Submitted by T. M. Jacobs, Jacobs Writing Consultants
Growing up in Malden, Massachusetts, it’s not surprising that Steve Caiazzo spent a lot of time in the spotlight. It seems to go with the Caiazzo’s family name. His father was a handsome actor in Hollywood and his younger brother was a superstar at baseball.
Steve’s first love was also baseball. He was one of the top thirty players in Massachusetts and, while playing in Fenway Park for the New England All Stars, he was contacted by numerous professional teams including the Orioles, Mariners and the San Francisco Giants.
But that didn’t stop the football coach from asking him to join the high school team.
Are You Ready For Some Football?
At 6’2 and 190 pounds, Steve wasn’t heavy, but he was built like an athlete. At first he objected saying, “Sorry coach, I’m in a band and I can’t do both.”
It seemed everybody wanted him to play; there was even a big article in the school paper about why Steve preferred the drums to the sport of football. Yet, the coach’s persistence paid off because Steve finally decided to join the team his senior year.
Luckily he did because he was phenomenal. He broke all kinds of records and got an offer to play at the University of Miami, an amazing feat considering he only played for one season.
However, Steve’s best friend at the time did not get any offers, but because they were inseparable, the head coach suggested “Why don’t you guys go to junior college in Nebraska? You will be big fishes in a small pond.”
Steve’s friend ended up getting homesick and left, but Steve finished the school year and developed into an exceptional player. He was multi-purpose – big, fast, could block and had great hands. Schools were taking notice and Steve was told he could play anywhere he wanted because he was just that good. He got the first-class treatment and was flown all over the country. When all was said and done, he had about fifty Division 1 scholarships offered to him.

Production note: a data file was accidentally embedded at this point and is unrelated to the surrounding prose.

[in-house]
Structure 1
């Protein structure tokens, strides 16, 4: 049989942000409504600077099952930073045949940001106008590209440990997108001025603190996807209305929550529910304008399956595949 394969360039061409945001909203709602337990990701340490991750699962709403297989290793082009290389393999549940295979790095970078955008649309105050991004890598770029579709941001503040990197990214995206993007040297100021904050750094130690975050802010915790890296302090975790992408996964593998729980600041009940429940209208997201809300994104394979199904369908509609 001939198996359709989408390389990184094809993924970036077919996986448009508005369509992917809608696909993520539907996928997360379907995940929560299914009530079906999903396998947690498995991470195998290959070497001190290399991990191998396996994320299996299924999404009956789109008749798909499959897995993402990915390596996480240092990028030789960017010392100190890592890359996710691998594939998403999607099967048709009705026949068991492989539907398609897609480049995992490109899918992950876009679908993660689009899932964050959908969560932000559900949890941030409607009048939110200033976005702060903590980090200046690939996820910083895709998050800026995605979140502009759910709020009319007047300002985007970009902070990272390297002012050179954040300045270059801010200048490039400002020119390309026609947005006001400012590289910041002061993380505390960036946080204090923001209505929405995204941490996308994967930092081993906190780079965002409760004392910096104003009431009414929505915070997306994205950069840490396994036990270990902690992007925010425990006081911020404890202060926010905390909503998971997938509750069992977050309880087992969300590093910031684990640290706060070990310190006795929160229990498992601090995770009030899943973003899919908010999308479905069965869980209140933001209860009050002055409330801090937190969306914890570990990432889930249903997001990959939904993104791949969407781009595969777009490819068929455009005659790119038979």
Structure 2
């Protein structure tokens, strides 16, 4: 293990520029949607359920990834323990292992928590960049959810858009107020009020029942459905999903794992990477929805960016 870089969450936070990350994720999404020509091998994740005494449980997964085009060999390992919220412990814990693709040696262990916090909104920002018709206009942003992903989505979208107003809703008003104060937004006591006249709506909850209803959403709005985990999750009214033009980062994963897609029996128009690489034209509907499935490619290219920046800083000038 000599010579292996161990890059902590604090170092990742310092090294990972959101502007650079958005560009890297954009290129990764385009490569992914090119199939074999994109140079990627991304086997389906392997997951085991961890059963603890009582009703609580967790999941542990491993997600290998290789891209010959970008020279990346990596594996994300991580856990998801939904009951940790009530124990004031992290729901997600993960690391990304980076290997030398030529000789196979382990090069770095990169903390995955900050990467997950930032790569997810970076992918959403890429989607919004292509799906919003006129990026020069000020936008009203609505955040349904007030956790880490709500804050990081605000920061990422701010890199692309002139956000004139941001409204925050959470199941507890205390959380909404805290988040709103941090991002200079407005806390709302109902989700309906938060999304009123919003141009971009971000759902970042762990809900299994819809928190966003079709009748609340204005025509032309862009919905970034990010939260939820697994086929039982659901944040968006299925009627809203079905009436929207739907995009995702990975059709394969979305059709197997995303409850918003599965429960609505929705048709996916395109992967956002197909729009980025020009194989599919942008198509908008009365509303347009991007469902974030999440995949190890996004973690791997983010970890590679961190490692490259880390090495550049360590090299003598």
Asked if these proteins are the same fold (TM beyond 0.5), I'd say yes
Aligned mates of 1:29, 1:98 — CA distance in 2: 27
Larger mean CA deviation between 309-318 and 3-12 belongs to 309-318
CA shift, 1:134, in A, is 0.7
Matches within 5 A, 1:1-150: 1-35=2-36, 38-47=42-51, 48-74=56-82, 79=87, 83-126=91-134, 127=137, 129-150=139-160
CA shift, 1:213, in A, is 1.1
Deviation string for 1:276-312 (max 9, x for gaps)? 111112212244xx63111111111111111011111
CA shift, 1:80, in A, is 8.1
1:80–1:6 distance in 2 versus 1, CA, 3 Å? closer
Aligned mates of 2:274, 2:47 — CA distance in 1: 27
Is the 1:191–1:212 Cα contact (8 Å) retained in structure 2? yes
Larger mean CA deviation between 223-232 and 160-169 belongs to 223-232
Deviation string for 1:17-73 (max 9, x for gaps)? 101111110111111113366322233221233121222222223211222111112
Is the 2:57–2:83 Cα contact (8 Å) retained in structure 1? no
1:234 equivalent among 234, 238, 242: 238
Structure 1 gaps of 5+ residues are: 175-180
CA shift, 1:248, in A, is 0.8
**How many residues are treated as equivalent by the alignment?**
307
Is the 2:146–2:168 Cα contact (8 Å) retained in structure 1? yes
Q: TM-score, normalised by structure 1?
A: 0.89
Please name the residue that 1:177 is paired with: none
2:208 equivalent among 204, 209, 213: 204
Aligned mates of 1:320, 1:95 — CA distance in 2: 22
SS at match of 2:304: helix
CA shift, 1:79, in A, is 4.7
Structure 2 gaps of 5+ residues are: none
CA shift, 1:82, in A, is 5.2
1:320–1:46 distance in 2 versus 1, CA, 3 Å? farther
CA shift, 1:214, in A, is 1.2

He decided to go to Minnesota because all the “Scandinavian girls loved my accent,” he says with a smile. But after the first few months Steve became disenchanted, saying “I was a Boston guy who loved the sun and beach and I ended up in the coldest state in the country.” He stuck it out, but decided to call it quits after he hurt his knee and was in a full cast from his ankle to his hip. Trying to crutch his way to classes in minus 30 temperatures simply was not working, so Steve returned home.
Local Kid Makes Good
The NFL still wanted him. When he went to back to Boston, the recruiters would court him by taking him downtown for lobster, prime rib, steak dinners and all you can eat shrimp. “That was pretty good,” recalled Steve, “because all the other kids were eating in the cafeteria.” He was even told the day he signed that he could have the car of his chose. They began to send his mother flowers and call her saying, “We need Steve.”